Kristi Kelley, M.Ed., SPPH Affiliate Faculty
Kristi Kelley, M.Ed., runs 7+ miles per day and lifts weights 3 days per week, in addition to walking and biking. At the end of her day, she has logged more than 20,000 steps. Kelley, a native of Chattanooga, Tenn., has a personal commitment to physical fitness and is committed to a healthy lifestyle. She has always had an interest in recreational activities, and she turned that interest into a career. Ms.
Kelley most recently served as a Research Instructor in the Department of Biostatistics at West Virginia University, where she was the primary Research Technician in the Meta-Analytic Research Lab, examining the effects of exercise and physical activity on various health outcomes. Kelley’s most recent research projects focused on the effects of exercise in children and adolescents with overweight and obesity as well as adults living with arthritis.
Through a grant from the American Heart Association, Kelley examined both the effects and hierarchy of exercises (aerobic, strength training, both) for improving body mass index (BMI), fat mass, and percent body fat in children and adolescents aged 2-18 years with overweight and obesity. Joined on the project by Principal Investigator George Kelley, D.A., also a Professor in the WVU Department of Epidemiology and Biostatistics, and consultant Russell Pate, Ph.D., Professor and Director of the Children’s Physical Activity Research Group at the University of South Carolina, the research team’s meta-analysis of randomized trials over a 45-year period found significant and clinically important improvements in body mass index (BMI), fat mass, and percent body fat among participants engaging in exercise. By addressing this major public health problem among children and adolescents, additional health concerns can be avoided later in life, including poor mental health, diabetes, heart disease, stroke, and overall low quality of life.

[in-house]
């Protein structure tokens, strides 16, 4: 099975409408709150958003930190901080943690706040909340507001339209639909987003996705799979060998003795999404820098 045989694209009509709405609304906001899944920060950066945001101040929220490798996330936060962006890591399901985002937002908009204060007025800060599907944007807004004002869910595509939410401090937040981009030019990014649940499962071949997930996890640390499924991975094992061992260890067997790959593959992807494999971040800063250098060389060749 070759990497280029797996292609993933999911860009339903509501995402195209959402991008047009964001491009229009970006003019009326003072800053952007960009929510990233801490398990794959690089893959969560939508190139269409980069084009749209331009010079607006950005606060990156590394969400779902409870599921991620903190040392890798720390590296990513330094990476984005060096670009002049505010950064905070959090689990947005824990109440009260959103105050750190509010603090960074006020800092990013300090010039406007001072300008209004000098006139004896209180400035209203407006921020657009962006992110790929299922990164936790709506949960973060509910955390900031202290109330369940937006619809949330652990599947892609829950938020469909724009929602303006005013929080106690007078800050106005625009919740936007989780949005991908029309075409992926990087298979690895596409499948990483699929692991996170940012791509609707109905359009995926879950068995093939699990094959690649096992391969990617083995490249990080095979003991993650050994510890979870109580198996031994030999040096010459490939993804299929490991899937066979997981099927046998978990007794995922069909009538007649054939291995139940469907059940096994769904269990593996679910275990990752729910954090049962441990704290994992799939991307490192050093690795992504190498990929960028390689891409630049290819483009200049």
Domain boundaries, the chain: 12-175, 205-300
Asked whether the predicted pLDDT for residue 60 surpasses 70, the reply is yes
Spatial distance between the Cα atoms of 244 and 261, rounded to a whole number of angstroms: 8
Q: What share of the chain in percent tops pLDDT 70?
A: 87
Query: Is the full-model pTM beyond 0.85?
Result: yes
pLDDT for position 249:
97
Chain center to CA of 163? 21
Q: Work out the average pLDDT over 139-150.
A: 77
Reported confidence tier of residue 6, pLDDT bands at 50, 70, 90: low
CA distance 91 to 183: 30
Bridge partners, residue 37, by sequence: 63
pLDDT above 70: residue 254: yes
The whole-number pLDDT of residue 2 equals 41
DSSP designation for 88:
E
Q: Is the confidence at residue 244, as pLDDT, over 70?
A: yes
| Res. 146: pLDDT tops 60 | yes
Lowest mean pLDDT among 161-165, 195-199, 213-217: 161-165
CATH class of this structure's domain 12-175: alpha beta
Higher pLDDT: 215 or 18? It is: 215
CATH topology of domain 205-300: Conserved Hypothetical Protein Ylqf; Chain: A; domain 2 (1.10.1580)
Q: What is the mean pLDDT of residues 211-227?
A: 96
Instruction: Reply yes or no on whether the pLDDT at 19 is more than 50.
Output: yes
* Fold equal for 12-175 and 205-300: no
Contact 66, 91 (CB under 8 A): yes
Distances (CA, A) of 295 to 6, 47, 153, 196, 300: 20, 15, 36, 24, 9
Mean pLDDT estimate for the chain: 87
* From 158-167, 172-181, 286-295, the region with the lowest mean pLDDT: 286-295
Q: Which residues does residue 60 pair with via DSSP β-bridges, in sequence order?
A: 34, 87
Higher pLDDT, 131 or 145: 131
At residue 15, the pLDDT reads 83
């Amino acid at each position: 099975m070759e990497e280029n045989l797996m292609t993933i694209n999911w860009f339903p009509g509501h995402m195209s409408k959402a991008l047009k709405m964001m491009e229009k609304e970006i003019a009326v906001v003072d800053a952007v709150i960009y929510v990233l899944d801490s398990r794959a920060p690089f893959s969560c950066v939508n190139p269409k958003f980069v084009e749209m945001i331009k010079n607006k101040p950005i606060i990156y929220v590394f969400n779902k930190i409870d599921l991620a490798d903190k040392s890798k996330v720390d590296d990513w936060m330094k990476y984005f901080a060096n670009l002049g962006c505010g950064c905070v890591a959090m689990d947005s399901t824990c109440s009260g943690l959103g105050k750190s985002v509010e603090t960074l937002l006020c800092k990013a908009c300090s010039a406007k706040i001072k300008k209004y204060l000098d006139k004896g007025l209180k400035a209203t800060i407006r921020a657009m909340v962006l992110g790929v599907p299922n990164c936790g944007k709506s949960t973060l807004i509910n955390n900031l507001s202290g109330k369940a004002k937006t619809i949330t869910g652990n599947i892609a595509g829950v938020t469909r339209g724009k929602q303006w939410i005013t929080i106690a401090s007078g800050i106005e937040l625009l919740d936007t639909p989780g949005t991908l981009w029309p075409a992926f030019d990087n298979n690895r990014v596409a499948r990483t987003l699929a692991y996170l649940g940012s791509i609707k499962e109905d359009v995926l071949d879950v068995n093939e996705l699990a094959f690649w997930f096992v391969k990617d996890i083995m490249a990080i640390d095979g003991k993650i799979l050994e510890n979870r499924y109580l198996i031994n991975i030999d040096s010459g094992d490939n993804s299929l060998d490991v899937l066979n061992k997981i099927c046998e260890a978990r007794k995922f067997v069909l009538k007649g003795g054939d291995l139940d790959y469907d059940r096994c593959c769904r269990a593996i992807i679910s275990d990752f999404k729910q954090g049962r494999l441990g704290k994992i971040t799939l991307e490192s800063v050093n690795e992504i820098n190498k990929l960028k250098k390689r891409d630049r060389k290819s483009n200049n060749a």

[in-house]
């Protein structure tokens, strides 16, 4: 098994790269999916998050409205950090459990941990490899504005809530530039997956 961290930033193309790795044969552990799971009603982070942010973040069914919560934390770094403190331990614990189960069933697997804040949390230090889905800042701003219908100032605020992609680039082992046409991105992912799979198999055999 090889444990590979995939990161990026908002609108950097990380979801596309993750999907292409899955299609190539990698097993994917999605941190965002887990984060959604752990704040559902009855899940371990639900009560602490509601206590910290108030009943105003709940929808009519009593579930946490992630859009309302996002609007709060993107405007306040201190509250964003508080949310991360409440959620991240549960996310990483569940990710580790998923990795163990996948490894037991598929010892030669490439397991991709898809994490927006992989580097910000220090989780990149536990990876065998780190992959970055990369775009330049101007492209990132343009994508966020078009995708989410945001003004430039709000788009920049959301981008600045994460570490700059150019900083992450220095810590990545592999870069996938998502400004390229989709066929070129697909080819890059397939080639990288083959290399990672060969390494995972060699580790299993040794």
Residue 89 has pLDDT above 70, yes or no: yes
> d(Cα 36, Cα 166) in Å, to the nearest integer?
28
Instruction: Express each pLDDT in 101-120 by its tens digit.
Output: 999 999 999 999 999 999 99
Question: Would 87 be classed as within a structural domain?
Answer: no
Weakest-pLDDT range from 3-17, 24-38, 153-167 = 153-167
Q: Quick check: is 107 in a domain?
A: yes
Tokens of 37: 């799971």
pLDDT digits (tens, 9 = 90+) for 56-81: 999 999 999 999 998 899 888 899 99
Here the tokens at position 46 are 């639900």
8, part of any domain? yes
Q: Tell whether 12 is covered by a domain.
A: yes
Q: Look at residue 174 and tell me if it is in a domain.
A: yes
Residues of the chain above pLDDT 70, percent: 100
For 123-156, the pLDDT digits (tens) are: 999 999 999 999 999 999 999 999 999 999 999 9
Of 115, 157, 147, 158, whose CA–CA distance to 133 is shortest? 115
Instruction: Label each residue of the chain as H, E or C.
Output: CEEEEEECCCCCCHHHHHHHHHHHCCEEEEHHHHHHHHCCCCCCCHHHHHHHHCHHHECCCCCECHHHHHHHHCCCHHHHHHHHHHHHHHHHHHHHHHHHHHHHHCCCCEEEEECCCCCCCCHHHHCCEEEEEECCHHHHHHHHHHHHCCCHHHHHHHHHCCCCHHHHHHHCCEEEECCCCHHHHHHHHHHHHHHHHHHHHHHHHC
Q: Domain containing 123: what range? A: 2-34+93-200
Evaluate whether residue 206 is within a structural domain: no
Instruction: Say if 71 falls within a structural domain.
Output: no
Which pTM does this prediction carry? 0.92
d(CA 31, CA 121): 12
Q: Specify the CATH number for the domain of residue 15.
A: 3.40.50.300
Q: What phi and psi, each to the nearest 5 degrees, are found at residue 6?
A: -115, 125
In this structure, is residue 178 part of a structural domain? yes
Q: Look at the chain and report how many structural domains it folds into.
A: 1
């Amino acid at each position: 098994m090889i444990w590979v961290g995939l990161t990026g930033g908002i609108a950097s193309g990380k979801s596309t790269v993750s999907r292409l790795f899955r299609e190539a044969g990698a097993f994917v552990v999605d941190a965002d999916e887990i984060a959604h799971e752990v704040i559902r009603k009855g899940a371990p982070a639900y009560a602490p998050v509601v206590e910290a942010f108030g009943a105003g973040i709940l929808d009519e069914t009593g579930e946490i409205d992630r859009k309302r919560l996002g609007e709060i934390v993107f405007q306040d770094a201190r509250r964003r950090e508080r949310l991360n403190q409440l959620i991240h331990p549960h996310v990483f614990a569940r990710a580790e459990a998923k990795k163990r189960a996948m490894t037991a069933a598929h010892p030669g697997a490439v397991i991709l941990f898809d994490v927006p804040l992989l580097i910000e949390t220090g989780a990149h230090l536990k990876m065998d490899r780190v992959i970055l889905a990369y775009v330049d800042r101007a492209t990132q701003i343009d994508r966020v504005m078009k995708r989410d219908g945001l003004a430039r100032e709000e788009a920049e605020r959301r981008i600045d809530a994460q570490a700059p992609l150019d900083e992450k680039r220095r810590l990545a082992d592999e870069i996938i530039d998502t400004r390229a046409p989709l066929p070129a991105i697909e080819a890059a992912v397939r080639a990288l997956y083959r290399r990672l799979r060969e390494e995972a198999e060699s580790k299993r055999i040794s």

Another contributor to poor mental health, Kelley recently conducted a study on the effects of exercise on anxiety in adults withcarthritis, a major mental health problem in this population. Kelley’s meta-analysis, funded by an R01 grant from the National Institutes of Health (NIH), examined studies over the past 30 years related to the overall effects of community-deliverable exercise on anxiety in adults with osteoarthritis, rheumatoid arthritis, and fibromyalgia. The research group, which also included Principal Investigator George Kelley and Co-Investigator Leigh Callahan, PhD, from the University of North Carolina at Chapel Hill and Director of the National Osteoarthritis Alliance, found that exercise was associated with significant and clinically important reductions in anxiety in adults with arthritis and other rheumatic diseases. Most notably, it was estimated that 5.3 million inactive U.S. adults with arthritis could improve their anxiety if they started exercising regularly. More recently, the research group completed a state-level study in which it was estimated that 39,640 and 33,977 physically inactive West Virginia adults with arthritis could improve their anxiety and depression, respectively, by exercising regularly.
In addition to her involvement with research projects, Kelley is a member of the American Public Health Association, American Heart Association, and the American College of Sports Medicine.